Get dirty, have fun and grow more food with great gardening tips from real-life gardeners.
What if you could cut your household waste in half... before you even recycled a single can?
According to a 2013 report from the EPA, 14.6 percent of America's trash was food wastes, another 13.5 percent was yard trimmings, 6.2 percent was wood and 27 percent was composed of paper and cardboard. The remaining 38.7 percent was mostly comprised of glass, plastic, metals, and other non-biodegradable materials.
When most people think about composting, they think about pitching their coffee grounds and banana peels into a bin... yet if you really took advantage of Nature's system, you can compost a LOT more than that!
Dairy, bones, bread, ramen noodles... those sorts of things hit the trashcan, rather than the compost bin, thanks to the restrictive rules we're used to hearing from most authorities. Out of all your food scraps, you're probably only returning half to the soil. So... perhaps 7 percent of your waste?
Ridiculous! We can do a lot better than that! We can reduce waste by 50 percent!
All food wastes can be composted. In fact, my recent book Compost Everything: The Good Guide to Extreme Composting covers multiple methods for disposing of everything from fish guts to big logs—no trash service required! The Native Americans did it. Austrians have done it. The Chinese have done it. Why can't we?
What if we were to compost all of our food scraps... all of our yard trimmings... all the wood... and all the paper?
I know, you're going to tell me that stuff won't work in a bin. "What about glossy magazines with perfume samples or the little plastic envelope windows in the speeding ticket reminders I keep getting?"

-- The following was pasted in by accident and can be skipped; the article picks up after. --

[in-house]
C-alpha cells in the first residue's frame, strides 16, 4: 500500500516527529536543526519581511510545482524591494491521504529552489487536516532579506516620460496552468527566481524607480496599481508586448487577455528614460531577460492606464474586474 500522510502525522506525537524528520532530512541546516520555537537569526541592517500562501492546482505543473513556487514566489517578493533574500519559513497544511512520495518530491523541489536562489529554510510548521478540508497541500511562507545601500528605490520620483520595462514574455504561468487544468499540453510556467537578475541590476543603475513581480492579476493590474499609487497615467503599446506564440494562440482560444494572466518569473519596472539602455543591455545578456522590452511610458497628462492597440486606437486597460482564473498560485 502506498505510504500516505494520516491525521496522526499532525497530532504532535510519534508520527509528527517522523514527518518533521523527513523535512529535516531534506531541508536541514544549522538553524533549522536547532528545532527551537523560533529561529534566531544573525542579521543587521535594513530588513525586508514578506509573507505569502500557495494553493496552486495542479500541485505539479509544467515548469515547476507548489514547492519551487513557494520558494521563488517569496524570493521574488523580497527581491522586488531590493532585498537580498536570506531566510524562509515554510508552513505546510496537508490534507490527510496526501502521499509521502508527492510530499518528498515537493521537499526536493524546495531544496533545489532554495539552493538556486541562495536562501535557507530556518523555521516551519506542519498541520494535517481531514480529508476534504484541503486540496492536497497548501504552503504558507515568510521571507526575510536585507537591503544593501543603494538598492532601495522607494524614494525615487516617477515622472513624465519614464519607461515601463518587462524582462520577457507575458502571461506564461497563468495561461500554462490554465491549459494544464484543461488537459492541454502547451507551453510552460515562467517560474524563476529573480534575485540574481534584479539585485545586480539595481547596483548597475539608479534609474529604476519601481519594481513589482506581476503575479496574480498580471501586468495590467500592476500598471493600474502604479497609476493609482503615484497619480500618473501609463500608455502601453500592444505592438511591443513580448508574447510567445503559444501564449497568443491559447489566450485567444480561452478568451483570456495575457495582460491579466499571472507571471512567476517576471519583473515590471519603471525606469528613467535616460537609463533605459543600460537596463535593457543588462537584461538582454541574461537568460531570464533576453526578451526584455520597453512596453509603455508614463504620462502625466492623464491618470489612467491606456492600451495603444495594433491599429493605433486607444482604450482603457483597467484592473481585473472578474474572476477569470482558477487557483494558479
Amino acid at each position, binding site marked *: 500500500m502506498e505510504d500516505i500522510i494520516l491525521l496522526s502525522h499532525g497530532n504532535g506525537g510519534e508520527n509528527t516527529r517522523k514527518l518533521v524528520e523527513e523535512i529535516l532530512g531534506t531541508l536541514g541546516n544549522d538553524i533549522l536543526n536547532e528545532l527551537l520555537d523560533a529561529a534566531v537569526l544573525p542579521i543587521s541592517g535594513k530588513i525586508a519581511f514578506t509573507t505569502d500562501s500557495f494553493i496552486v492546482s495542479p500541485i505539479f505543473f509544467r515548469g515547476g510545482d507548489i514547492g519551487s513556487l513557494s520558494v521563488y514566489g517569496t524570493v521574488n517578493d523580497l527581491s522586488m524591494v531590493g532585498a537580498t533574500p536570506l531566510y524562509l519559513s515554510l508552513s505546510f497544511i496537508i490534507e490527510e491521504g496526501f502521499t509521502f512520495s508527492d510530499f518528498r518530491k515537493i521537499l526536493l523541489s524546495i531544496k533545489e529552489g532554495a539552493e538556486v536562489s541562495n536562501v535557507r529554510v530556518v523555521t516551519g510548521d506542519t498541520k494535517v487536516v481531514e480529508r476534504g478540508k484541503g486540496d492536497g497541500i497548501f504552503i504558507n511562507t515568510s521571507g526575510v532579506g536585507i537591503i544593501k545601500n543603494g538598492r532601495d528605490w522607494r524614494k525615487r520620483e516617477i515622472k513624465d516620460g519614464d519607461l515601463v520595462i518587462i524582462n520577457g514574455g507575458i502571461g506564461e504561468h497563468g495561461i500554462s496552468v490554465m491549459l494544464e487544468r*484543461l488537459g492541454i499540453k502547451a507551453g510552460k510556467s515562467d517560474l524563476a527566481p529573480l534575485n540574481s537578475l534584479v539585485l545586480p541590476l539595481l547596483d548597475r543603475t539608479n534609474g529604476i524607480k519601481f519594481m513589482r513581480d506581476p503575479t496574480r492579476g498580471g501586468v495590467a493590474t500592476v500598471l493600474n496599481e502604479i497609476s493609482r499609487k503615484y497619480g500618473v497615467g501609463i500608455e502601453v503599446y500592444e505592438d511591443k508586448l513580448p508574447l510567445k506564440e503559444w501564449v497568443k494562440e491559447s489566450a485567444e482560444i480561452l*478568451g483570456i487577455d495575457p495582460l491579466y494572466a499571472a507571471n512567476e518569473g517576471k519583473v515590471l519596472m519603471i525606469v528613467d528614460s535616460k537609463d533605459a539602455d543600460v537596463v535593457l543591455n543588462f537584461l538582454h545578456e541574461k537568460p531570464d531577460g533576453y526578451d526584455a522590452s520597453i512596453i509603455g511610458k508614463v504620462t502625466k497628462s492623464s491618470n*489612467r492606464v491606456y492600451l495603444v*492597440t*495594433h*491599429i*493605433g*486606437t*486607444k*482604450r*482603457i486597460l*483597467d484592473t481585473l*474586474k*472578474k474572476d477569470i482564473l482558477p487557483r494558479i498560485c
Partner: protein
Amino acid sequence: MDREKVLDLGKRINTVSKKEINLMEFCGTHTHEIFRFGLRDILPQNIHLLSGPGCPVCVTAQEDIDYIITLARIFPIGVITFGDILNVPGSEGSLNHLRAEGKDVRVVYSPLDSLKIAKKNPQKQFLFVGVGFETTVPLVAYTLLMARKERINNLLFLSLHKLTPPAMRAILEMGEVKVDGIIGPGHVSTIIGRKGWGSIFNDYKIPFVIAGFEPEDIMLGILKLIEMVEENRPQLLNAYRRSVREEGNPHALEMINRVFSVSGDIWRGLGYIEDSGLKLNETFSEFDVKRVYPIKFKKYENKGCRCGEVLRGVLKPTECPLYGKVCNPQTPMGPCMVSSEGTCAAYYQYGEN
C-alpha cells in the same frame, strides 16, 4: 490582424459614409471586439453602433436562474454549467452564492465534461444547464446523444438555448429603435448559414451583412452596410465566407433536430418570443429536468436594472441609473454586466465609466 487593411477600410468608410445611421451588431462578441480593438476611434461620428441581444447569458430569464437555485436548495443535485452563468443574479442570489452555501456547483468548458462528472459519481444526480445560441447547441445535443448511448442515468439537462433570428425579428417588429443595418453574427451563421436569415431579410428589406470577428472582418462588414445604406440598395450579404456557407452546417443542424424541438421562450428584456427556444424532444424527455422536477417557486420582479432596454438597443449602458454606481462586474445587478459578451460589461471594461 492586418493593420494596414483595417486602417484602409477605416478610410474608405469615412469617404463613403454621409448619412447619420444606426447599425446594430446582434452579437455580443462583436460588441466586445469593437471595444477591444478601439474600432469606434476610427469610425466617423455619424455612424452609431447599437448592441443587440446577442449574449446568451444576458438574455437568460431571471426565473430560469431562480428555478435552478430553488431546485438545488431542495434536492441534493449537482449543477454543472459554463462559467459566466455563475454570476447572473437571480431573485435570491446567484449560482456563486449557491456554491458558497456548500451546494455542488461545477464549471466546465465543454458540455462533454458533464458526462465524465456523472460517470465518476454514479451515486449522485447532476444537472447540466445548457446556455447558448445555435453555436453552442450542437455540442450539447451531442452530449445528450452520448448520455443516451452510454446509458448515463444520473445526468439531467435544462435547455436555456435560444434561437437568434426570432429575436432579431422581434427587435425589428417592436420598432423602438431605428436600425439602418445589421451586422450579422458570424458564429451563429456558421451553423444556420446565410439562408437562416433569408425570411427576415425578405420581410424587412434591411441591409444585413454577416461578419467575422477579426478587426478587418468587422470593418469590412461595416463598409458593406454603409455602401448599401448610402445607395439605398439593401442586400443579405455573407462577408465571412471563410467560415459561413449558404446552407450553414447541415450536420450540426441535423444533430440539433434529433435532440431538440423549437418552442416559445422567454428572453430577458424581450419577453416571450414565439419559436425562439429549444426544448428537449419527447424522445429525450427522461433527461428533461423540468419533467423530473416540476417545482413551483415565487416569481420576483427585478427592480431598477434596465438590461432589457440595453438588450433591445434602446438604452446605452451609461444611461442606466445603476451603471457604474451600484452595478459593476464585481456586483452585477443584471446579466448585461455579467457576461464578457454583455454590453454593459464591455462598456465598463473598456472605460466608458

Okay, you're right. We may not be able to kill all the potentially biodegradable waste... but I'll lay odds we can compost at least 50% of the waste that would normally hit the curb.
I've composted meat, paper, human waste, bones, logs and more. It's taken me a decade of practice, but we've gotten composting down to a science.
One of my favorite methods is to just dig a pit near a tree I'd like to feed or a future garden I'm going to build, then throw all the cardboard, bones, spoiled beef stew and other rough scraps into it. Nature does the rest. Keep a few bags of fall leaves on hand and you can cover the layers as you add them. If you're afraid of animals digging it up, dig a deeper pit and pile on the dirt. Tree roots will find the good stuff—and you're not contributing any of that organic matter to an over-stuffed landfill!
Even if you started making a paper and cardboard pile in a bin off to one side of your yard, you could reduce your waste by over 25 percent. That's a LOT over the course of a year!
Compost is the answer. Start to think about all the organic matter that's hitting your trash and how you can do better to reduce waste by getting extreme with your composting. I guarantee you'll find ways.
If you feel guilt over all you're throwing away, it's okay. I felt the same way—and we did something about it.
You can too!
David Goodman (AKA David The Good) is so serious about reducing waste that he wrote a book on it titled Compost Everything: The Good Guide to Extreme Composting. He's also written two other books on Florida gardening (both available on Amazon). Additionally, David is the creator of the popular 5-day-a-week gardening website The Survival Gardener. Go there and sign up for his newsletter today to get a free copy of his survival crop comic book (which stars a demented camel). David currently lives somewhere in the great state of Florida on a productive one-acre homestead covered with fruit and nut trees, garden beds, lizards, mosquitoes and children.
All MOTHER EARTH NEWS community bloggers have agreed to follow our Blogging Best Practices, and they are responsible for the accuracy of their posts. To learn more about the author of this post, click on the byline link at the top of the page.